Smartphone App for Child Anxiety Wins National Recognition

By Cristina Mestre

A smartphone app to help children with anxiety disorders that was developed by University of Pittsburgh researchers has been recognized at a national conference for its ability to empower consumers.

The SmartCAT, short for smartphone-enhanced child anxiety treatment, is a mobile health platform that was developed by Jennifer Silk, Ph.D., and Bambang Parmanto, Ph.D., along with Dr. Parmanto’s graduate student Gede Pramana, all from the University of Pittsburgh Schools of the Health Sciences. It was recognized as one of three winners of the Behavioral Health Patient Empowerment Challenge earlier this week at the Technology Innovations for Substance Abuse and Mental Health Disorders Conference at the White House.

The Office of the National Coordinator for Health Information Technology (ONC), in partnership with the Substance Abuse and Mental Health Services Administration (SAMHSA), the Office of National Drug Control Policy (ONDCP), and National Institutes of Health (NIH) held the conference to highlight how technology can be used to improve mental health.  For example, University of Pittsburgh School of Medicine professor Bruce Rollman, MD, presented his research on using the Internet to treat mood and anxiety disorders.

Each year, approximately 13 percent of adolescents experience mental illness, and between 10 to 20 percent of school-aged youth are diagnosed with an anxiety disorder. Yet according to SAMHSA, only one-third of children with mental health issues receive treatment, and many children continue to struggle with symptoms even after treatment. Fortunately, technology can play a significant role in helping individuals with mental illness to self -manage their behavioral health and to foster treatment.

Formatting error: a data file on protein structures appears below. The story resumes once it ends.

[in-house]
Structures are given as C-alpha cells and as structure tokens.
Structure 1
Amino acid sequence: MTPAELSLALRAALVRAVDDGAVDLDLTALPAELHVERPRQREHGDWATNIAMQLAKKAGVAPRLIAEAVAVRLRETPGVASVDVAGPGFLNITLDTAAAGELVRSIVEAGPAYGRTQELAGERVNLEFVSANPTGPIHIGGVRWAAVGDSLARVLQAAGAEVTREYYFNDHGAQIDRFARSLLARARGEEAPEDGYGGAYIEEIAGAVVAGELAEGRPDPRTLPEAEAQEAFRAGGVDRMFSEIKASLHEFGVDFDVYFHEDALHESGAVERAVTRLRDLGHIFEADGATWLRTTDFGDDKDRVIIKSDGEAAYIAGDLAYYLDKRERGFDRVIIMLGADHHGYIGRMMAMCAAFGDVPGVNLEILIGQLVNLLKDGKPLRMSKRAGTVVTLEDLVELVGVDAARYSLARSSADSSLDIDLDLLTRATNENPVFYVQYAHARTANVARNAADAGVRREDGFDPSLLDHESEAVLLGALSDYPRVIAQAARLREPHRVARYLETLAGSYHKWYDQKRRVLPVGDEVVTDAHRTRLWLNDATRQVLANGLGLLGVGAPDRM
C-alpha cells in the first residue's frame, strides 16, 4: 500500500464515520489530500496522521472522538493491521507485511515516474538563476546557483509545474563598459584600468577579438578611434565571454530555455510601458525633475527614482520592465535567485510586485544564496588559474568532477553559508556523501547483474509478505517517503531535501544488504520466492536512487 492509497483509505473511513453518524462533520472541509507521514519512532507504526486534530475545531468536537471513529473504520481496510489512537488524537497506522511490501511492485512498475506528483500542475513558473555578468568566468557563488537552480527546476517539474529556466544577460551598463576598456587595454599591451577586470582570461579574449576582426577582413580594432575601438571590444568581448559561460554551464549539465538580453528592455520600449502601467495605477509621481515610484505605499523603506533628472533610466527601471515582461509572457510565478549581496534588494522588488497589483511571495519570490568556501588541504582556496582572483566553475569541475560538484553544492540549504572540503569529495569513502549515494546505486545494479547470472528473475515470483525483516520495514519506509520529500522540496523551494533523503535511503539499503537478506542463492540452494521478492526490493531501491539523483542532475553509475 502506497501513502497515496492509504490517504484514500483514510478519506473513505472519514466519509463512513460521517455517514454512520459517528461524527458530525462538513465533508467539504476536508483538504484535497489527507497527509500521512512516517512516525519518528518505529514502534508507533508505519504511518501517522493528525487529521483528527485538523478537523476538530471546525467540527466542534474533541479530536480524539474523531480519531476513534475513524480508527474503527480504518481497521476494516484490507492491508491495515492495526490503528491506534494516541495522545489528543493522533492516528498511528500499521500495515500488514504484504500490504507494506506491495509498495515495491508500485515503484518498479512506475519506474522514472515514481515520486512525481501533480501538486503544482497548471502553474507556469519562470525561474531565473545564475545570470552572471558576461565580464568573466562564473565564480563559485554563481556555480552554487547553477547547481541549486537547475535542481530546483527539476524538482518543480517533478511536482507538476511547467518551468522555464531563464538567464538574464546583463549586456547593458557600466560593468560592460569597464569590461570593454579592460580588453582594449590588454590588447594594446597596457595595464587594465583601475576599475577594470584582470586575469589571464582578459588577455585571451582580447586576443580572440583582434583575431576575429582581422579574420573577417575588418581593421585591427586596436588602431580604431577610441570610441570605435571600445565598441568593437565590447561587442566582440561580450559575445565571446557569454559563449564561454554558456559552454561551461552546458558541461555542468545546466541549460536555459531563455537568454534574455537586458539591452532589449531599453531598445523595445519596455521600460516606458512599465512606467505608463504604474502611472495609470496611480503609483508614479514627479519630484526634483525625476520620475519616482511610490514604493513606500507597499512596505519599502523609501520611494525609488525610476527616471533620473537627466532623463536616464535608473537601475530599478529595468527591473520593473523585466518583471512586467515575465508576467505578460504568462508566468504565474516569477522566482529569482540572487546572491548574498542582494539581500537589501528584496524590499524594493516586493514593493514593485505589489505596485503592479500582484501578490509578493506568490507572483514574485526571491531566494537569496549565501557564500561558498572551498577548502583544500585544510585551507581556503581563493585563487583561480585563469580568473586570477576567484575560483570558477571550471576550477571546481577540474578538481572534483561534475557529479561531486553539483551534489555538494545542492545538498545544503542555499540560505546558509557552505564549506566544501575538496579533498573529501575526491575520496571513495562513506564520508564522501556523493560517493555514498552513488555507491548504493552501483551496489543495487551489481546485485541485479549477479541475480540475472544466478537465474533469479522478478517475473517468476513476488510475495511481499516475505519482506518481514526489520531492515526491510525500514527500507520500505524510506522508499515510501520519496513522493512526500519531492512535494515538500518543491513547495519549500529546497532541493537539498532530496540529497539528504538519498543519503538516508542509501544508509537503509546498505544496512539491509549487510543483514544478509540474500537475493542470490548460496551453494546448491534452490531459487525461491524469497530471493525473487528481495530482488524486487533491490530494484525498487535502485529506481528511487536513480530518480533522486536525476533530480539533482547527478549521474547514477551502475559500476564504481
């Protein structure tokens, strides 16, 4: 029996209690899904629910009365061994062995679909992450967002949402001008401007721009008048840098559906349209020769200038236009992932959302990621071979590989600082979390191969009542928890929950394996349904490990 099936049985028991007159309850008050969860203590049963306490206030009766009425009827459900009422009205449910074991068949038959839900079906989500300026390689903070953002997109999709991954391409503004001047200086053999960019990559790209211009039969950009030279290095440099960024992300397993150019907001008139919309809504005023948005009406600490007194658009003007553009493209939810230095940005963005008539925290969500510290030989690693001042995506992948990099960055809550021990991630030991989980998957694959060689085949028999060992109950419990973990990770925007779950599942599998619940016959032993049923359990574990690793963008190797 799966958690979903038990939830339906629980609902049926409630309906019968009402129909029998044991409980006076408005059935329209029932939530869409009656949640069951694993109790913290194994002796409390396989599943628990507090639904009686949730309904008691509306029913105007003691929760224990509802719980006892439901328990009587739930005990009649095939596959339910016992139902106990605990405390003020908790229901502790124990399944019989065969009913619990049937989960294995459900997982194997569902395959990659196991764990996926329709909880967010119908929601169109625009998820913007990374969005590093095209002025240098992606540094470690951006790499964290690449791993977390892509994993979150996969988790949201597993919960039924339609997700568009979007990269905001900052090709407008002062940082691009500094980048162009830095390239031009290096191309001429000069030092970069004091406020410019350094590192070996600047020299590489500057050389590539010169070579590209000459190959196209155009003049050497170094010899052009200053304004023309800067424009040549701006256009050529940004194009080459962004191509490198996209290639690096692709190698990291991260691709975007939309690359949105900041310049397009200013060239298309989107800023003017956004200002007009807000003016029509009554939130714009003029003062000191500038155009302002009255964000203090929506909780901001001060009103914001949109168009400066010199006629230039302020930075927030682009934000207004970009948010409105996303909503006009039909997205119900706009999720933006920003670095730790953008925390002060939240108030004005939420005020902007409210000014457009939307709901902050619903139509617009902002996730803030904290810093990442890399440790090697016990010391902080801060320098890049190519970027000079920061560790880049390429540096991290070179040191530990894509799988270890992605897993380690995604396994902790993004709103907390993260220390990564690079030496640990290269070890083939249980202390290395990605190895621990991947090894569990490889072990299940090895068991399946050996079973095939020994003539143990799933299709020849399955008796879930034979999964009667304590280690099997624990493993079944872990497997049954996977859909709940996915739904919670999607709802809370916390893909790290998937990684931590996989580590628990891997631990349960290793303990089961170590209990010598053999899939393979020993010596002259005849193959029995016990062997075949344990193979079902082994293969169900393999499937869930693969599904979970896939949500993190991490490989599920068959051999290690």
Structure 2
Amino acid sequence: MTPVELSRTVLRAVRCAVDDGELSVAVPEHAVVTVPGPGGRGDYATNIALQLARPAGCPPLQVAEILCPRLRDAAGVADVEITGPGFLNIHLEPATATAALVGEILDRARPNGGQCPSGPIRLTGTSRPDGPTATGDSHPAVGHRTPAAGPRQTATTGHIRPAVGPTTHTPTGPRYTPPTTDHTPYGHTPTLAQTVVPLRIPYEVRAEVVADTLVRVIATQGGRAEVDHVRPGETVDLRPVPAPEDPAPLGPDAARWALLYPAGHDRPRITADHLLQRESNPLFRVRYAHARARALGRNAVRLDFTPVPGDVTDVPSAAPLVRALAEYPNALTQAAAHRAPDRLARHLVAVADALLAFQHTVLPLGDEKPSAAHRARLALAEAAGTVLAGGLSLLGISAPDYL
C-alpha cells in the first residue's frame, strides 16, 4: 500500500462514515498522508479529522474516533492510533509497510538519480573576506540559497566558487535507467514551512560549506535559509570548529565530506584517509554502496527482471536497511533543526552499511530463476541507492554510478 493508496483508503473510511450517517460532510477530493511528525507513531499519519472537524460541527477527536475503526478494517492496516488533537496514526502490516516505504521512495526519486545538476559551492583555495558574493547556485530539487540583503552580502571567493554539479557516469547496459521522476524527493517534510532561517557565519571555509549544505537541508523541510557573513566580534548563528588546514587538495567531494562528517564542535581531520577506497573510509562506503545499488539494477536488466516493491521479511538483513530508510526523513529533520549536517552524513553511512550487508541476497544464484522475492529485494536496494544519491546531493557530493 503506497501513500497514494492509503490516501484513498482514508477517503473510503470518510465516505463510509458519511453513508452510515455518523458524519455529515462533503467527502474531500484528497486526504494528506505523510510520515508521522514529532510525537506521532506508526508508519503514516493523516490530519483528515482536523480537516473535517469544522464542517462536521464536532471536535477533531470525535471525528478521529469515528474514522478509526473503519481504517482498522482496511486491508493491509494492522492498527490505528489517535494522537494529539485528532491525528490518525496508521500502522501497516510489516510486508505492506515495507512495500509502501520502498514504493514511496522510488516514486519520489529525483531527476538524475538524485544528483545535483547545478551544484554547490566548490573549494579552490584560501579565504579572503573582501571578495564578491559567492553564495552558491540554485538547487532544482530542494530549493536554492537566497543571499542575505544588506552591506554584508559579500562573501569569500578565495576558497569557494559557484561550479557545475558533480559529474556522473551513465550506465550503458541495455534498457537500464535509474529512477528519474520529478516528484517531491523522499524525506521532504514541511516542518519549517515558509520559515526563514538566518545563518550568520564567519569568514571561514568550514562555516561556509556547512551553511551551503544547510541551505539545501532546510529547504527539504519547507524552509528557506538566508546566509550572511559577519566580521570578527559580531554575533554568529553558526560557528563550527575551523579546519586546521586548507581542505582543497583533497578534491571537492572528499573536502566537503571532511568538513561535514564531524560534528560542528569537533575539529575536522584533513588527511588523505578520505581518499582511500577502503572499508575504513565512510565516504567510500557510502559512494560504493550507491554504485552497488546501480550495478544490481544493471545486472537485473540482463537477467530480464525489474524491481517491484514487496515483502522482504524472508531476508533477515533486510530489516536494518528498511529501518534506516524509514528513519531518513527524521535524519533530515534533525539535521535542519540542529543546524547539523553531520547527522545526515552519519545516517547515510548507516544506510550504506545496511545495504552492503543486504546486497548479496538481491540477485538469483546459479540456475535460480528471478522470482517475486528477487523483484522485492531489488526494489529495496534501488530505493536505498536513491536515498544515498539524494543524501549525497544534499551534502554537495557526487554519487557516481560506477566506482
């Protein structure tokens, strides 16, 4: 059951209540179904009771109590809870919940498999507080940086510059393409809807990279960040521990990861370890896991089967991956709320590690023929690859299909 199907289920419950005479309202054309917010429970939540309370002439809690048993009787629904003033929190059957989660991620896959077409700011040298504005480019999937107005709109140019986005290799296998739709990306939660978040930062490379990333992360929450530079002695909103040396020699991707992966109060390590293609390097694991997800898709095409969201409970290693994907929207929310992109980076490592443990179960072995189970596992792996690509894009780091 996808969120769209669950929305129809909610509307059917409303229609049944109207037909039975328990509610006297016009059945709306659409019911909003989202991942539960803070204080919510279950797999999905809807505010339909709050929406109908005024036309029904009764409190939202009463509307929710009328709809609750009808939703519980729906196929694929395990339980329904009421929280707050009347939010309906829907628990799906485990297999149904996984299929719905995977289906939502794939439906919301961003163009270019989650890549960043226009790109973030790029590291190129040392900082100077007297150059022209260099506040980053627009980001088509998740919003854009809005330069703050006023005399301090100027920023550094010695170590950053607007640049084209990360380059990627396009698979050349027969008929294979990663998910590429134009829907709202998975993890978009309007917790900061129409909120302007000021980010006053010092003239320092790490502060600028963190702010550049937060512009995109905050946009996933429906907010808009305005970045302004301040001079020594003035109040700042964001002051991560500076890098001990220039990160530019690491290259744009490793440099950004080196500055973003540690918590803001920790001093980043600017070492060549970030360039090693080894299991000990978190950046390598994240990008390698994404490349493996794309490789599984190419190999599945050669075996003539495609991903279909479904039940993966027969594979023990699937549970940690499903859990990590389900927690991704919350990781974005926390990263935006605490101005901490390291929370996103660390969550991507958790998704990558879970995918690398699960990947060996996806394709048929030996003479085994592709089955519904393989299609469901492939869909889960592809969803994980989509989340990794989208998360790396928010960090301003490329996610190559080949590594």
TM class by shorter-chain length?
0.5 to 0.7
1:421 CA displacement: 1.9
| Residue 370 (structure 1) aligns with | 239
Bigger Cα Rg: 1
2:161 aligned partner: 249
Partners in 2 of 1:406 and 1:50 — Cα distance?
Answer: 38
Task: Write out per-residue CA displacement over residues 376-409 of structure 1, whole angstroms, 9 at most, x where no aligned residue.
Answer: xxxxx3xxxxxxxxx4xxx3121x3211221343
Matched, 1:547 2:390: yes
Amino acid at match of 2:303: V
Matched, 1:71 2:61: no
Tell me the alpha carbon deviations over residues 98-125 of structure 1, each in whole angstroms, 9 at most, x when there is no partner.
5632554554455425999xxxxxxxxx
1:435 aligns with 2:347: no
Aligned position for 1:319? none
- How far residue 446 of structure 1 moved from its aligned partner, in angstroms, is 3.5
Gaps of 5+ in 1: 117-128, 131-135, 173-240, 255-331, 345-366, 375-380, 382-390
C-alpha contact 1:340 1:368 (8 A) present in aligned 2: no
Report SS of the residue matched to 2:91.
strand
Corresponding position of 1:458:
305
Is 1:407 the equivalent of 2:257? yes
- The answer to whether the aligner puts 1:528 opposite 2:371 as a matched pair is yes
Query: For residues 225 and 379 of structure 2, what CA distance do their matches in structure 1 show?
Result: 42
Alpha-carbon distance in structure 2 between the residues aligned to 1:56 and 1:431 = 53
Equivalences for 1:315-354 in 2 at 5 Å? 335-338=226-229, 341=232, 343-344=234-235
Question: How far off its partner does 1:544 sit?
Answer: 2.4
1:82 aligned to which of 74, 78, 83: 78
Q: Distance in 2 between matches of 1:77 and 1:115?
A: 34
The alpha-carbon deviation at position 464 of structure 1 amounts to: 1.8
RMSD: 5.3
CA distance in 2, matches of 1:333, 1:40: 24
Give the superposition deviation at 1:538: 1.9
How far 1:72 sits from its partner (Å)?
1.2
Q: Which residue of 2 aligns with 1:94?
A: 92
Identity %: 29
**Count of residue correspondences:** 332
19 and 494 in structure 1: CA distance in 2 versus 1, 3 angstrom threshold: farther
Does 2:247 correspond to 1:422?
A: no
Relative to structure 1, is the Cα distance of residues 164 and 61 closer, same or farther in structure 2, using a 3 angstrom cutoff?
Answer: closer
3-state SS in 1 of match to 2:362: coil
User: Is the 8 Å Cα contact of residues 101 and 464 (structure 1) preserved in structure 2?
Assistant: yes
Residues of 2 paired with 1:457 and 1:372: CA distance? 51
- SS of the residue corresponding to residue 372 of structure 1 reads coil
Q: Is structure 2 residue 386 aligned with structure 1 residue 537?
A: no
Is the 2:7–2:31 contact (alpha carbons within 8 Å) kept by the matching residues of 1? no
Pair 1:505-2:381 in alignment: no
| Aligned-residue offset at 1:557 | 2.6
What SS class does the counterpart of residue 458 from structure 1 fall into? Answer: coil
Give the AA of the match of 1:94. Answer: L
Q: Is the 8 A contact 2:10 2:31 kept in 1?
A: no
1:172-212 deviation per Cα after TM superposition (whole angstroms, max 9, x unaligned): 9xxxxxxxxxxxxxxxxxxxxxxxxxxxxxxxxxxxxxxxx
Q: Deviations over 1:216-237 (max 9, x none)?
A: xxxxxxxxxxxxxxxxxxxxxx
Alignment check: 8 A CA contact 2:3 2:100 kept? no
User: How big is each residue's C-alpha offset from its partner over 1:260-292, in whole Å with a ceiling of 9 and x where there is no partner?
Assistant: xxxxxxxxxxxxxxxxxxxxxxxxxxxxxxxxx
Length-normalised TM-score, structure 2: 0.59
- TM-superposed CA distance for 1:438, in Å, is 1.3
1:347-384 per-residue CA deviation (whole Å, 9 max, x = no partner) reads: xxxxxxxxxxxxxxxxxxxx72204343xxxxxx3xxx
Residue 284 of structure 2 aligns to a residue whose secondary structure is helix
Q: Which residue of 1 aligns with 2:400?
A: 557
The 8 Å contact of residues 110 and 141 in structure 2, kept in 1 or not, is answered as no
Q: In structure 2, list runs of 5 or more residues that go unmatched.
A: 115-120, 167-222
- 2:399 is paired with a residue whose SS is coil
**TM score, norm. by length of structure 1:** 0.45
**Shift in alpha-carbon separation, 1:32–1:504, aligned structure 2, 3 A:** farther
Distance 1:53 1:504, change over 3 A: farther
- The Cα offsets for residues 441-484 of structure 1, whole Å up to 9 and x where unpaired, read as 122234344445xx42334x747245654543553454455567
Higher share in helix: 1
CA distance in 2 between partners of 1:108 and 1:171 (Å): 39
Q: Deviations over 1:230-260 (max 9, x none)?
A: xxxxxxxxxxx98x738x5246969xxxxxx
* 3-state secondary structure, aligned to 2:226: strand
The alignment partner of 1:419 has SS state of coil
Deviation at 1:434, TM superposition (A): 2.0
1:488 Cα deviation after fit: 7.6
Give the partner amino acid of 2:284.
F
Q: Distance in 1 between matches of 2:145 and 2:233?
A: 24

The SmartCAT  is designed to improve cognitive behavioral treatments for children with anxiety disorders.  Cognitive behavioral therapy (CBT) involves teaching children skills for coping with their anxiety and practicing the skills with a therapist, and has been recognized as an effective treatment.  However, many children continue to have symptoms of anxiety even after weekly therapy sessions.

Silk and Parmanto believe that if children use technology to practice the skills they are learning in treatment on a daily basis, instead of just once a week in the clinic, they may get better faster, and stay better for longer.

For this reason, SmartCAT is designed to improve treatment for children by allowing them to practice CBT while they go about their daily lives, through the use of their smart phones. The app provides coaching to patients when and where they need it (not just in their therapist’s office), increases communications between therapists and patients, and helps therapists track progress and personalize treatment by focusing on patient-specific needs and strengths.  All communications in SmartCAT are also secure, says Dr. Silk. 

Children are prompted to complete a series of questions about their emotions and a series of coping thoughts and problem solving steps used to deal with the situation. This information is sent to a therapist ‘portal’ where it can be monitored.  The therapist is therefore able to review patients’ real-world CBT skill use, monitor their progress, and send treatment materials (e.g. a relaxation video) and encouraging messages. 

Children can earn prizes for using the app, notes Dr. Parmanto.  This encourages them to use the app and keep them engaged. The team is also working on developing skill-building video games to the app, to make it even more engaging for patients.

“Initial results of the app’s use are promising, and feedback from both patients and therapists has been overwhelmingly positive,” added Silk.  “Technology is enabling us to explore a whole new world of treatment options for our patients.” 

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